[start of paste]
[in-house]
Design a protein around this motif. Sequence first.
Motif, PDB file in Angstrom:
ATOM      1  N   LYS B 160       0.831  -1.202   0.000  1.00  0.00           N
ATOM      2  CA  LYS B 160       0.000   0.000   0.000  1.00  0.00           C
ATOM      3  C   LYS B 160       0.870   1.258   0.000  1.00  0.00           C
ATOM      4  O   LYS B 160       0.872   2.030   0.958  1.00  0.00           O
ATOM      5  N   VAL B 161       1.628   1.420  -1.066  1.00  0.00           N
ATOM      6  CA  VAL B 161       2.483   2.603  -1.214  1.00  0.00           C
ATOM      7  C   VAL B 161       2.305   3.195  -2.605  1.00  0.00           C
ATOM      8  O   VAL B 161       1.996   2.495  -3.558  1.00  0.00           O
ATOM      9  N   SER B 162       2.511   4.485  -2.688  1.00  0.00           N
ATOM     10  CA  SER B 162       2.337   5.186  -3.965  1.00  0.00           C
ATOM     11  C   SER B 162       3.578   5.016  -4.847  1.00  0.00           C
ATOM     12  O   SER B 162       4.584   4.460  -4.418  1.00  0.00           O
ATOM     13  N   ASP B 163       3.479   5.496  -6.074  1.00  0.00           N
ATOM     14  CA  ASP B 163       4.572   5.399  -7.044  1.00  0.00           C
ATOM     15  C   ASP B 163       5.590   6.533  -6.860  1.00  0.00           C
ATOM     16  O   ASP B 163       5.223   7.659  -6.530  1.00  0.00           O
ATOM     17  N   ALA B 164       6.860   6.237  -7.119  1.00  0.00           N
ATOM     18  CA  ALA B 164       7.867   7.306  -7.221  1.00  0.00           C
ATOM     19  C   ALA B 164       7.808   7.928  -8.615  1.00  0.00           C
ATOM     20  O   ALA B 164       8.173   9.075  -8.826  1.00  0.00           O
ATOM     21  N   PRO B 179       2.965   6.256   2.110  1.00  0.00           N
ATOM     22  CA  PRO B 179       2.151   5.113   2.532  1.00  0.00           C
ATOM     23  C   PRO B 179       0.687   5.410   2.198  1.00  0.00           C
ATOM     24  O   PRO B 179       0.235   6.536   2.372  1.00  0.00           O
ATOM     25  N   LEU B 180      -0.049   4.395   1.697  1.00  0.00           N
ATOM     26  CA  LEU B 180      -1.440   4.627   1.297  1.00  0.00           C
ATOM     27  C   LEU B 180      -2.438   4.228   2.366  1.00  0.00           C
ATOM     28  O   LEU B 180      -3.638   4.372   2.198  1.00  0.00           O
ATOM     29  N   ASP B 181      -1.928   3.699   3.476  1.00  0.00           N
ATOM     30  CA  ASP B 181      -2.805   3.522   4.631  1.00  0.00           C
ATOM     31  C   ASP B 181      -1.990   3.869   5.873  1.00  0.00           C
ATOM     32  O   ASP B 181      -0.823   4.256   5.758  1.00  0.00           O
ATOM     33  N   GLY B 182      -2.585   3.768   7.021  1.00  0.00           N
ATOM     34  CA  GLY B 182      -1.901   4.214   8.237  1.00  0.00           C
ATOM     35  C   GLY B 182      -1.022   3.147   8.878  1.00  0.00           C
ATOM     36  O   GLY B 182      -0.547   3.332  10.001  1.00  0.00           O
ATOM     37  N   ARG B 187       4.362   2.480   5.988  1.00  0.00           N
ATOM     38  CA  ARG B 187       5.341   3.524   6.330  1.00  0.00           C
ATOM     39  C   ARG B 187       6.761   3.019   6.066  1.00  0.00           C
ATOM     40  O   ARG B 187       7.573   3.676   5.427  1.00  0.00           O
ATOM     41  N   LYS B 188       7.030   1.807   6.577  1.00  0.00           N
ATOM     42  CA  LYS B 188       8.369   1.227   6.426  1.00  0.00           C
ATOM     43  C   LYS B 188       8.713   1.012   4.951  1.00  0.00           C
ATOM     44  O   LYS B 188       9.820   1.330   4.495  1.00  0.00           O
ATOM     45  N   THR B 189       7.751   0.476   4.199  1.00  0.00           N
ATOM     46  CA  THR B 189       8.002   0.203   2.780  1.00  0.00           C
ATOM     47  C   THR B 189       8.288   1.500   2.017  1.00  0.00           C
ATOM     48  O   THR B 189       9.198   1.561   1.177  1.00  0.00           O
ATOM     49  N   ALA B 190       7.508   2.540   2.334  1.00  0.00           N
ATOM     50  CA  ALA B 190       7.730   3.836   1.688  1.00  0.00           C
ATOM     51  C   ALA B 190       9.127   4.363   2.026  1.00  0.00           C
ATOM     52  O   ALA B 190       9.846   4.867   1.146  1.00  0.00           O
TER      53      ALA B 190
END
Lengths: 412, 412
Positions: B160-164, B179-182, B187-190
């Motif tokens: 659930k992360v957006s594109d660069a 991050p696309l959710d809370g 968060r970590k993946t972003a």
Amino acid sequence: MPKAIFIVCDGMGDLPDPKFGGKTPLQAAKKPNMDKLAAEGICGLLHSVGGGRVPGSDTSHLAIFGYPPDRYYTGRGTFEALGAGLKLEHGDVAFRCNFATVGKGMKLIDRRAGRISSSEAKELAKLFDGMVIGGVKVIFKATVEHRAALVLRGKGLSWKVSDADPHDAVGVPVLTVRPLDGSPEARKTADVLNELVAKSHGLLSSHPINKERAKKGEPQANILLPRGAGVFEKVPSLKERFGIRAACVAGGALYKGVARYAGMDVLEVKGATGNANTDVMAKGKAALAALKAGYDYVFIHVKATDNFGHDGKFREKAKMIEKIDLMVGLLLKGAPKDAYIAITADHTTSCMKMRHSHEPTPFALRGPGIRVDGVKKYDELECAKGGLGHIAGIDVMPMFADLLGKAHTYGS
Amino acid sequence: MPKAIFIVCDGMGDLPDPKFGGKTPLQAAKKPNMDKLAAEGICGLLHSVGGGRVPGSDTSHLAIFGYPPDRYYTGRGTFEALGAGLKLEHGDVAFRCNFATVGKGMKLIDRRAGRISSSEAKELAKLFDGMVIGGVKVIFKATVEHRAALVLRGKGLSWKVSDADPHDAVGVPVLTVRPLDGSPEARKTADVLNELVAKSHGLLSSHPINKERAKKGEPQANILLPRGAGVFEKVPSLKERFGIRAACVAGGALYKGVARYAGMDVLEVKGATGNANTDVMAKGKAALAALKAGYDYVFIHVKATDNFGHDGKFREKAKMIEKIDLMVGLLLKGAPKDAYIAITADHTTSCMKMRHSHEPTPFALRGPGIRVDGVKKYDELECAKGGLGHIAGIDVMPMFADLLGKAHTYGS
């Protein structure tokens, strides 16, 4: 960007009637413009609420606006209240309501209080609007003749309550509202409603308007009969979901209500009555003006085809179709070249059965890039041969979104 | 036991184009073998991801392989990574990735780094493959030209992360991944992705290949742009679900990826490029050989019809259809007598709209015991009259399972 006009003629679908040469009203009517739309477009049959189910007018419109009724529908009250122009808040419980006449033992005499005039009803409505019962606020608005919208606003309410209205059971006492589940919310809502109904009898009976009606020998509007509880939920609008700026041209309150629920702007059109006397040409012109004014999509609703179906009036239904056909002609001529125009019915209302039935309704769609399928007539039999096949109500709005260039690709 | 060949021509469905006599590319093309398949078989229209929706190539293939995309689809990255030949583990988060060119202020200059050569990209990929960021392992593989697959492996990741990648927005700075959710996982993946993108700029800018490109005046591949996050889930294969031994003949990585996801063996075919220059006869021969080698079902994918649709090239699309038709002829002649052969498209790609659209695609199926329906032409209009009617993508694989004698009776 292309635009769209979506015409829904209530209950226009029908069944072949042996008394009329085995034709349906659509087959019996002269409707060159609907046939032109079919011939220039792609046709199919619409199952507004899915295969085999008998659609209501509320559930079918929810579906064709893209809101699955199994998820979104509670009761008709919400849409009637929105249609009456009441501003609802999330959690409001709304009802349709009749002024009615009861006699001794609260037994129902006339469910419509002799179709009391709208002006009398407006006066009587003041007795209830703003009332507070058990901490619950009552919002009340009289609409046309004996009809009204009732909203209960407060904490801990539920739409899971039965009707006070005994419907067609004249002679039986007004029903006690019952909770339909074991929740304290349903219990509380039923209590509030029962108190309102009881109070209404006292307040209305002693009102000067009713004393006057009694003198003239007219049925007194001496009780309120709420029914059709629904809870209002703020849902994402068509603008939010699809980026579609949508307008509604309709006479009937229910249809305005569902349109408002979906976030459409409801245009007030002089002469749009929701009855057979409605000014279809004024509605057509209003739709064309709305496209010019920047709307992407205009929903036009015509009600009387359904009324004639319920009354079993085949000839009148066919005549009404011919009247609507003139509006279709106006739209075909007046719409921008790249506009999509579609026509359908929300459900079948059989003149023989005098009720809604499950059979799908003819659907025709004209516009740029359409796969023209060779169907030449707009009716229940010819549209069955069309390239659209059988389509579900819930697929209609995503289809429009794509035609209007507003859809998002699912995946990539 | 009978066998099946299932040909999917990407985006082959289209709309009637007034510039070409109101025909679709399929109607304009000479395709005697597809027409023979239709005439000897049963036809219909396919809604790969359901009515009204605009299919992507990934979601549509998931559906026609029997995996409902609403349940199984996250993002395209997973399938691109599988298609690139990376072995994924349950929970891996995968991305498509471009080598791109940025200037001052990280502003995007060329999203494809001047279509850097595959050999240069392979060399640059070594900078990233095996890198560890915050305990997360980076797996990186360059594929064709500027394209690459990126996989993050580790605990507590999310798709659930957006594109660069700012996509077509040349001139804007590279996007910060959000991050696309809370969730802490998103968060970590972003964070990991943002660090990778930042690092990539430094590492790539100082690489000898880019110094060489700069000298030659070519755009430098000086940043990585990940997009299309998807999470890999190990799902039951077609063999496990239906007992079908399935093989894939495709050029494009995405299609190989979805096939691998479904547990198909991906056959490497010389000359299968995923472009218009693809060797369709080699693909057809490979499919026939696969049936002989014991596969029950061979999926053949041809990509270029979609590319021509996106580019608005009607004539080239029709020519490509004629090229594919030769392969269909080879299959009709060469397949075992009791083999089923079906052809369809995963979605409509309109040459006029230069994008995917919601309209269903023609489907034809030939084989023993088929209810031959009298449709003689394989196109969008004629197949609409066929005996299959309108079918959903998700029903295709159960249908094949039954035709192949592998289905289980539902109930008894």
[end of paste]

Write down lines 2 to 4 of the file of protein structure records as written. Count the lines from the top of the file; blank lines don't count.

Design a protein around this motif. Sequence first.
Motif, PDB file in Angstrom:
ATOM      1  N   LYS B 160       0.831  -1.202   0.000  1.00  0.00           N